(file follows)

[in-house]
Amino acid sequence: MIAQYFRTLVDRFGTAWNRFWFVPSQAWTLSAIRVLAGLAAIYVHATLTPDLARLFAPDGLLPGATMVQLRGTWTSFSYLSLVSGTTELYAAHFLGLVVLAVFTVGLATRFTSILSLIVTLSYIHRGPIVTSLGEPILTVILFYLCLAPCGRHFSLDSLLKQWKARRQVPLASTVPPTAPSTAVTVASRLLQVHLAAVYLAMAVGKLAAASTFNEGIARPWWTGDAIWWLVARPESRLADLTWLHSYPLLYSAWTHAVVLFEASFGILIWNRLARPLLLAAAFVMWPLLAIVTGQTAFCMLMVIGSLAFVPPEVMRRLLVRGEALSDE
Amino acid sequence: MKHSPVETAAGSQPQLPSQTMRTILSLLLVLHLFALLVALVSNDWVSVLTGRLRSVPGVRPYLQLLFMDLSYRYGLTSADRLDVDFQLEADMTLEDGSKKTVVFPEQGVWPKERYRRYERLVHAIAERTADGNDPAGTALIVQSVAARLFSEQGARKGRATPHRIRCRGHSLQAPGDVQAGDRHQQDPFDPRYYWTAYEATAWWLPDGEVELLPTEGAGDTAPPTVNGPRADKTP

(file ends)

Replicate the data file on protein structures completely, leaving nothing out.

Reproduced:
[in-house]
Amino acid sequence: MIAQYFRTLVDRFGTAWNRFWFVPSQAWTLSAIRVLAGLAAIYVHATLTPDLARLFAPDGLLPGATMVQLRGTWTSFSYLSLVSGTTELYAAHFLGLVVLAVFTVGLATRFTSILSLIVTLSYIHRGPIVTSLGEPILTVILFYLCLAPCGRHFSLDSLLKQWKARRQVPLASTVPPTAPSTAVTVASRLLQVHLAAVYLAMAVGKLAAASTFNEGIARPWWTGDAIWWLVARPESRLADLTWLHSYPLLYSAWTHAVVLFEASFGILIWNRLARPLLLAAAFVMWPLLAIVTGQTAFCMLMVIGSLAFVPPEVMRRLLVRGEALSDE
Amino acid sequence: MKHSPVETAAGSQPQLPSQTMRTILSLLLVLHLFALLVALVSNDWVSVLTGRLRSVPGVRPYLQLLFMDLSYRYGLTSADRLDVDFQLEADMTLEDGSKKTVVFPEQGVWPKERYRRYERLVHAIAERTADGNDPAGTALIVQSVAARLFSEQGARKGRATPHRIRCRGHSLQAPGDVQAGDRHQQDPFDPRYYWTAYEATAWWLPDGEVELLPTEGAGDTAPPTVNGPRADKTP